Crop yield under climate change and adaptation
Global yield impacts of climate change and adaptation have been evaluated by analysing a data set of more than 1,700 published simulations for three crops: wheat, rice and maize. This is the largest pool of data from diverse modelling studies ever used for a global synthesis of this kind; the results have contributed to the food security and food production systems chapter of the Fifth Assessment Report (AR5) of the IPCC.
The results show that without adaptation, losses in aggregate production are expected for wheat, rice and maize in both temperate and tropical regions by 2 °C of local warming. The results also show that crop-level adaptations increase simulated yields by an average of 7–15%, with adaptations being more effective for wheat and rice than maize. Yield losses are greater in magnitude for the second half of the century than for the first. Even moderate warming may reduce temperate crop yields in many locations.
For around 1-3 °C warming, the data show both positive and negative yield responses, whereas the previous Fourth Assessment Report (AR4) had primarily positive responses at these temperature changes. For all three temperate crops the new data set shows a greater risk of yield reductions at moderate warming than AR4. The results show that adaptation provides clear benefits for wheat and rice: the central tendencies indicate that most yield loss in wheat may be avoided, or even reversed, in tropical regions up to 2-3 °C of local warming and in temperate regions across a broad range of warming.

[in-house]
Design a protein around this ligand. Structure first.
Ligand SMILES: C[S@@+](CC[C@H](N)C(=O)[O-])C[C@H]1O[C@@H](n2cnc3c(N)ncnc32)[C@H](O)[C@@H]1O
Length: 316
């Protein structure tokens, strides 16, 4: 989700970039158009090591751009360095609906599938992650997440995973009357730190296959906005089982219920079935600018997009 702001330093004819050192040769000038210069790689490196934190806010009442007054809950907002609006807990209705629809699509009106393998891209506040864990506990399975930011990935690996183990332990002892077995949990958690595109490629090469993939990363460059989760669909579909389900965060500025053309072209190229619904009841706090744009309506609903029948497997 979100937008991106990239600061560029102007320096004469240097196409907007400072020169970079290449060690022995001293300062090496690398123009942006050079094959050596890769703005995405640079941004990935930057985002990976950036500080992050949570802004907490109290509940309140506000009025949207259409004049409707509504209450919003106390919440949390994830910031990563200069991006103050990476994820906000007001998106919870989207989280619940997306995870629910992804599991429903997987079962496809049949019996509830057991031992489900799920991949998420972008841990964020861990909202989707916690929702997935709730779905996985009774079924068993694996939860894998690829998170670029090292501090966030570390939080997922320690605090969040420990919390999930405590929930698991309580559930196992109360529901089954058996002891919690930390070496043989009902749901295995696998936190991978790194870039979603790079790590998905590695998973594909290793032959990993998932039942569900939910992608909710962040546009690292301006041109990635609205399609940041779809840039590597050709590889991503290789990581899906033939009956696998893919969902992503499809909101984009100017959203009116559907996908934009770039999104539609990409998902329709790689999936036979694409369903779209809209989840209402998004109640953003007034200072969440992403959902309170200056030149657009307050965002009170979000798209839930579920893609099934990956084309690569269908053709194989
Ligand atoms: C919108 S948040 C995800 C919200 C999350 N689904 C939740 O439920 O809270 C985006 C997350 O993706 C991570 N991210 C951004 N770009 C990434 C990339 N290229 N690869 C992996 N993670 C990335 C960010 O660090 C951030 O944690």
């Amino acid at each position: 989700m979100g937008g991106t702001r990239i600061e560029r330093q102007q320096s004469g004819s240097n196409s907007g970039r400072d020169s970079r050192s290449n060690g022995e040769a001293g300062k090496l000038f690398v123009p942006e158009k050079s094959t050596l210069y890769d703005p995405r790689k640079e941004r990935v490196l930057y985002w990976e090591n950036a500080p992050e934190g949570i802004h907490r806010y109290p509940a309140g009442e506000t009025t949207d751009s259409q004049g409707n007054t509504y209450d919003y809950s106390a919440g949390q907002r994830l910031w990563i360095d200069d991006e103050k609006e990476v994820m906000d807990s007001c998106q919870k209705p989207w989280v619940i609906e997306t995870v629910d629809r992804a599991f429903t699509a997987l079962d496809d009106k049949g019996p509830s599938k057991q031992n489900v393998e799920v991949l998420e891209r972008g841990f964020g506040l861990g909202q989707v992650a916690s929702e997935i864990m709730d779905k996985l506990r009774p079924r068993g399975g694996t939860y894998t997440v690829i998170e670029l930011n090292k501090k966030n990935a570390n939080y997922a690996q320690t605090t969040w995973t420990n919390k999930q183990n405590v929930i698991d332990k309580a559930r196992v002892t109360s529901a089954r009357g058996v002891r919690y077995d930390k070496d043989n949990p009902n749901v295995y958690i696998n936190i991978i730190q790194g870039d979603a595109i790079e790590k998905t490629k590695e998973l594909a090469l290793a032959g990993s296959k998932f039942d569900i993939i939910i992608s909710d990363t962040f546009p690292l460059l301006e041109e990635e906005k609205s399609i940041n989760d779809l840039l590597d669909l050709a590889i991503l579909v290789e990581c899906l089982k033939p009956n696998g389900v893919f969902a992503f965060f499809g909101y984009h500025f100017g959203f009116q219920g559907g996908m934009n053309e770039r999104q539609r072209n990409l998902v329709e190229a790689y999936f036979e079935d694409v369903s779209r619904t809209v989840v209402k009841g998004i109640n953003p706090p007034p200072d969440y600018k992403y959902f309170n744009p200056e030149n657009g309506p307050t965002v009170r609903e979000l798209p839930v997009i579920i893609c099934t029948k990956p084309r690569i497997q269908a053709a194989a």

In the more than 1,700 published simulations there is a majority consensus that yield changes will be negative from the 2030s onwards. More than 70% of projections indicate yield decreases for the 2040s and 2050s, and more than 45% of all projections for the second half of the century indicate yield decreases greater than 10%. The magnitude of the yield impact generally increases with time. These projections include simulations with adaptation, suggesting that farmer adaptation earlier in the twenty-first century can ameliorate some, but not all, risk of yield reductions. It looks like increases in yield variability become increasingly likely as the century progresses.
There are a number of limitations with respect to this meta-analysis, however, such as: the lack of simulation of pests, weeds and diseases, the frequent assumption of water availability into the future despite ongoing changes in many regions, inaccuracies in representing adaptations, and structural, parameter and bias correction uncertainty in both crop and climate models.
Source: Challinor et al., 2014. Nature Climate Change 4, 287–291
Photo: Jeff Golden (www.flickr.com)